Arthur M. Langer: The Art of Analysis , 1997, Springer-Verlag, ISBN 0-387-94972-0, 177 pages.
Looking for a satisfactory treatment of systems analysis, either for a course textbook or for self-study is a source of frustration year after year. Nearly every systems analysis book exhibits one or both of these serious flaws:
The Art of Analysis exhibits neither of those shortcomings. Arthur M. Langer, Columbia University, steers a balanced course, drawing the best documentation practices from structured analysis, relational data modeling, and object-oriented analysis He frankly assesses the pluses and minuses of alternative approaches. His opinions are soundly based and his presentations are clear and perceptive.
What's here is fine, but there isn't enough of it. Brevity is a virtue but Langer's explanations stop short of conveying to the reader exactly how to apply a particular technique. His examples, despite claims in the preface, lack both substance and continuity.
The sequence of topics fits neither the chronology of systems analysis tasks nor the structure of the systems analysis deliverables. Each chapter is like a separate article, useful and interesting, but out of context.
In addition to presenting the techniques of systems analysis, Langer discusses aspects of the project and organization milieu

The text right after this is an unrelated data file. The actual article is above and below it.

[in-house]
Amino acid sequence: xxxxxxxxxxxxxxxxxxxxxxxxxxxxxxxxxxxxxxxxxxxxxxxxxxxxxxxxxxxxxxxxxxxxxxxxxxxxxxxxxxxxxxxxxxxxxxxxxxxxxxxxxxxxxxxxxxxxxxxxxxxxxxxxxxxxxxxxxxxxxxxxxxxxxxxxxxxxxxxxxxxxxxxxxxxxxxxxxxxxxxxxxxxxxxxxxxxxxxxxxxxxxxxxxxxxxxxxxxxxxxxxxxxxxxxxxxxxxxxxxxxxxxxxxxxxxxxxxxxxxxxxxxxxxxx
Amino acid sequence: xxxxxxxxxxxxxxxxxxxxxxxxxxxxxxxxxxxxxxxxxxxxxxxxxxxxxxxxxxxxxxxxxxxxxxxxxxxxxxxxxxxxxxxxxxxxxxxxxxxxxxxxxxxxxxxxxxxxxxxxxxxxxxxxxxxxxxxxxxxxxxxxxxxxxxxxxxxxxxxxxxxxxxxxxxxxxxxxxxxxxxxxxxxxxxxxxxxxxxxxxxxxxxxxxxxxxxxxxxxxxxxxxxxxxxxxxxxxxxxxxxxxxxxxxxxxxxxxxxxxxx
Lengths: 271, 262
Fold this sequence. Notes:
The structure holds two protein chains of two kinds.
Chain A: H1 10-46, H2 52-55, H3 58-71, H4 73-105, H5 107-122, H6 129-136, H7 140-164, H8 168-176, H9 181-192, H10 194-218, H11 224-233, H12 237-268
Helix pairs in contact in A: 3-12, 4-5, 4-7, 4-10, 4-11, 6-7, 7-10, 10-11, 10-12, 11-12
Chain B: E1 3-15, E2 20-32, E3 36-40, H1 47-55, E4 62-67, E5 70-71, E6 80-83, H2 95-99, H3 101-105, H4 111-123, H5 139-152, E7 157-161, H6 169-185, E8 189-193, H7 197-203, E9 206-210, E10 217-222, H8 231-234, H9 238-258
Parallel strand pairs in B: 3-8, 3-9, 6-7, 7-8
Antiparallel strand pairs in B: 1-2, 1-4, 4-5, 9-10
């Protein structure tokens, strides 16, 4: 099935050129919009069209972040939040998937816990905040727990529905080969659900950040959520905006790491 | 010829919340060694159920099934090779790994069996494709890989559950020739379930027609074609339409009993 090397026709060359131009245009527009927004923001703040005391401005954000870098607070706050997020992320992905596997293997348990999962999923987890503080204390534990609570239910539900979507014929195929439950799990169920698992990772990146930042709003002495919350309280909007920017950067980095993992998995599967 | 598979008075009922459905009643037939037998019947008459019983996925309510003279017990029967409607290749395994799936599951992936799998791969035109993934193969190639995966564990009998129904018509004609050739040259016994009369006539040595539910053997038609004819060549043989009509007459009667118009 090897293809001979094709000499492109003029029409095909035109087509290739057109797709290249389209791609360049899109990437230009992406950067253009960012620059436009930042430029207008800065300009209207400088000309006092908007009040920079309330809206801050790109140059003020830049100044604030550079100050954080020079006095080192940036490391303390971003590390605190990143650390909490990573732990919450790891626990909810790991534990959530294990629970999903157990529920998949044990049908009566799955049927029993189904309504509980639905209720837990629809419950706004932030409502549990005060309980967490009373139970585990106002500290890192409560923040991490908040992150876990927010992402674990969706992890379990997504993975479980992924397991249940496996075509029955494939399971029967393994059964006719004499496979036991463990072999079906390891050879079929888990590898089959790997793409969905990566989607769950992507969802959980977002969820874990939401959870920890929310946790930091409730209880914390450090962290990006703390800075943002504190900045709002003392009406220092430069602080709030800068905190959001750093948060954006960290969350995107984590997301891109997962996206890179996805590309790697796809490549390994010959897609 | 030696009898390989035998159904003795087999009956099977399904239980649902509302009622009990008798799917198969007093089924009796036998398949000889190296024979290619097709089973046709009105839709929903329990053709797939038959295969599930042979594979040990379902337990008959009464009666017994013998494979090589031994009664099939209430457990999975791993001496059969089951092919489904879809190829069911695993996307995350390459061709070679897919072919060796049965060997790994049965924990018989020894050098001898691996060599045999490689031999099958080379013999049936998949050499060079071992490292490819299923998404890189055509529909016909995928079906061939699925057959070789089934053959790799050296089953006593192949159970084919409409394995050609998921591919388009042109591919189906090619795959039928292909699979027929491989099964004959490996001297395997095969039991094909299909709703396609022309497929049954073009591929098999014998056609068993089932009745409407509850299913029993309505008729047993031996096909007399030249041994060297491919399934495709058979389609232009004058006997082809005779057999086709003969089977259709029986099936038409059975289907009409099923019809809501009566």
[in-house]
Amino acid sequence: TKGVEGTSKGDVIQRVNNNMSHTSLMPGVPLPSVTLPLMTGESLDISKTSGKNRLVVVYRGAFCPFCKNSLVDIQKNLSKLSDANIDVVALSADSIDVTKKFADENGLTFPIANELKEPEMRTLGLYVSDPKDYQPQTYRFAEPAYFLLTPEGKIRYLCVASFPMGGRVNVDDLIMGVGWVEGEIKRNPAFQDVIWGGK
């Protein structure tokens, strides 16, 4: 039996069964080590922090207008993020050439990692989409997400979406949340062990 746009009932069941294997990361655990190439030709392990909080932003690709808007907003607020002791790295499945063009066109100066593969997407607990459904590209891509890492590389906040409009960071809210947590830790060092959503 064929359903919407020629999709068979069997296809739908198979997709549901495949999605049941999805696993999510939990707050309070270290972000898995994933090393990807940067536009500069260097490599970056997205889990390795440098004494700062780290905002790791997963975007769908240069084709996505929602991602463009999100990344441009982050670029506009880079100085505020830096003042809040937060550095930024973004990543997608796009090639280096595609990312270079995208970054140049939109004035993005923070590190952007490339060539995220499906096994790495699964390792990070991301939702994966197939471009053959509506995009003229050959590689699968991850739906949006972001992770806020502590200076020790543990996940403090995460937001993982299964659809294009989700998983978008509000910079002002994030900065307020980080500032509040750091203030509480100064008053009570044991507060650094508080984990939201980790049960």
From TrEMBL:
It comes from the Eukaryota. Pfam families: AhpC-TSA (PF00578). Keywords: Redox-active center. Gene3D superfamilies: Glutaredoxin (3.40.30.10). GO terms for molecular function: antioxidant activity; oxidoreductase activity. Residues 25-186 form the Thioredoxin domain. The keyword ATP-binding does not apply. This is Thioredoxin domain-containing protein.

The practicing or prospective systems analyst will find The Art of Analysis easy to read and may get a few new insights from it. It's too shallow and disorganized, however, to be useful as a primary course text.
One area students and other readers should disregard is the unnecessary material on data representation (example on pp 44-45). Data definition belongs to systems analysis; choosing data representations is part of system design.
Even if the systems analyst insists on choosing internal data representations,
this is definitely the wrong place to do it.
is an instance of a
Date type; the choice
of representation should go with the type definition not with each of
dozens of different instances.
Recommended as an overview, but not a tutorial or reference
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Last modified February, 2000